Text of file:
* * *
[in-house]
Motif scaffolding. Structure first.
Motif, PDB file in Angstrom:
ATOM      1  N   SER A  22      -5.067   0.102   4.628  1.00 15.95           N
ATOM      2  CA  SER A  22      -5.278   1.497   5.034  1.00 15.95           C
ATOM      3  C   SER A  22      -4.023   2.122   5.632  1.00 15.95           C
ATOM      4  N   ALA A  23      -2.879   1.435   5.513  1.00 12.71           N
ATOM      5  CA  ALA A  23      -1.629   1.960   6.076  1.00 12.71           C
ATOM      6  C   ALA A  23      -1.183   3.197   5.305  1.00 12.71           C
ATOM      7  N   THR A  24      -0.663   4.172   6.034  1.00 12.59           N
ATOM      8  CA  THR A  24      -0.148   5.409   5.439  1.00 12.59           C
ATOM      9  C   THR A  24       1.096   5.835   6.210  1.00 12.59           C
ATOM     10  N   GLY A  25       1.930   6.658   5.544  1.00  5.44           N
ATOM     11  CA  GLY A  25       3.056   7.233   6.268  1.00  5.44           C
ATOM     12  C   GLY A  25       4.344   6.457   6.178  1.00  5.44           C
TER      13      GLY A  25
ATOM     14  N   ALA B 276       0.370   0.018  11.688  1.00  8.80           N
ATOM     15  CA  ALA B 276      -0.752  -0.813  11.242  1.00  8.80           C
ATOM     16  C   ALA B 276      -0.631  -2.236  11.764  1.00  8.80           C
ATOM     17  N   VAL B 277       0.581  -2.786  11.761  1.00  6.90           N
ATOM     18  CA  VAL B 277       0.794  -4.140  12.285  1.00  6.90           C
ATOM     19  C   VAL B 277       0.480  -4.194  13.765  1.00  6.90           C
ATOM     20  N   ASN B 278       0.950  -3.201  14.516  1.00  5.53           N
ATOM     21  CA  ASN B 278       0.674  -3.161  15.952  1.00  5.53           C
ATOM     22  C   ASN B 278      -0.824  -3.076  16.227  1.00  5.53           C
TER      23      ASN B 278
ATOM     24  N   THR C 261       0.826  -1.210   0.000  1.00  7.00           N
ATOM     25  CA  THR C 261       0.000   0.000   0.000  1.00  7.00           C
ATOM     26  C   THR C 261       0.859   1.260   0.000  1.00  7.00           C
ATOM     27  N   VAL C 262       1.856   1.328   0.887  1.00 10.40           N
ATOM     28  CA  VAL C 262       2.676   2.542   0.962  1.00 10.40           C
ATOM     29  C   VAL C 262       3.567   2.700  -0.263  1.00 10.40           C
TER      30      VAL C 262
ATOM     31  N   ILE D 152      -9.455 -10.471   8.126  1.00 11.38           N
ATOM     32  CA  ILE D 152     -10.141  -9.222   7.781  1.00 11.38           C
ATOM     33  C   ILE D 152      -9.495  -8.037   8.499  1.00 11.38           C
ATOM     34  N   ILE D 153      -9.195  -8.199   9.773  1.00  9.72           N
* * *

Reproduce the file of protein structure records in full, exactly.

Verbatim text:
[in-house]
Motif scaffolding. Structure first.
Motif, PDB file in Angstrom:
ATOM      1  N   SER A  22      -5.067   0.102   4.628  1.00 15.95           N
ATOM      2  CA  SER A  22      -5.278   1.497   5.034  1.00 15.95           C
ATOM      3  C   SER A  22      -4.023   2.122   5.632  1.00 15.95           C
ATOM      4  N   ALA A  23      -2.879   1.435   5.513  1.00 12.71           N
ATOM      5  CA  ALA A  23      -1.629   1.960   6.076  1.00 12.71           C
ATOM      6  C   ALA A  23      -1.183   3.197   5.305  1.00 12.71           C
ATOM      7  N   THR A  24      -0.663   4.172   6.034  1.00 12.59           N
ATOM      8  CA  THR A  24      -0.148   5.409   5.439  1.00 12.59           C
ATOM      9  C   THR A  24       1.096   5.835   6.210  1.00 12.59           C
ATOM     10  N   GLY A  25       1.930   6.658   5.544  1.00  5.44           N
ATOM     11  CA  GLY A  25       3.056   7.233   6.268  1.00  5.44           C
ATOM     12  C   GLY A  25       4.344   6.457   6.178  1.00  5.44           C
TER      13      GLY A  25
ATOM     14  N   ALA B 276       0.370   0.018  11.688  1.00  8.80           N
ATOM     15  CA  ALA B 276      -0.752  -0.813  11.242  1.00  8.80           C
ATOM     16  C   ALA B 276      -0.631  -2.236  11.764  1.00  8.80           C
ATOM     17  N   VAL B 277       0.581  -2.786  11.761  1.00  6.90           N
ATOM     18  CA  VAL B 277       0.794  -4.140  12.285  1.00  6.90           C
ATOM     19  C   VAL B 277       0.480  -4.194  13.765  1.00  6.90           C
ATOM     20  N   ASN B 278       0.950  -3.201  14.516  1.00  5.53           N
ATOM     21  CA  ASN B 278       0.674  -3.161  15.952  1.00  5.53           C
ATOM     22  C   ASN B 278      -0.824  -3.076  16.227  1.00  5.53           C
TER      23      ASN B 278
ATOM     24  N   THR C 261       0.826  -1.210   0.000  1.00  7.00           N
ATOM     25  CA  THR C 261       0.000   0.000   0.000  1.00  7.00           C
ATOM     26  C   THR C 261       0.859   1.260   0.000  1.00  7.00           C
ATOM     27  N   VAL C 262       1.856   1.328   0.887  1.00 10.40           N
ATOM     28  CA  VAL C 262       2.676   2.542   0.962  1.00 10.40           C
ATOM     29  C   VAL C 262       3.567   2.700  -0.263  1.00 10.40           C
TER      30      VAL C 262
ATOM     31  N   ILE D 152      -9.455 -10.471   8.126  1.00 11.38           N
ATOM     32  CA  ILE D 152     -10.141  -9.222   7.781  1.00 11.38           C
ATOM     33  C   ILE D 152      -9.495  -8.037   8.499  1.00 11.38           C
ATOM     34  N   ILE D 153      -9.195  -8.199   9.773  1.00  9.72           N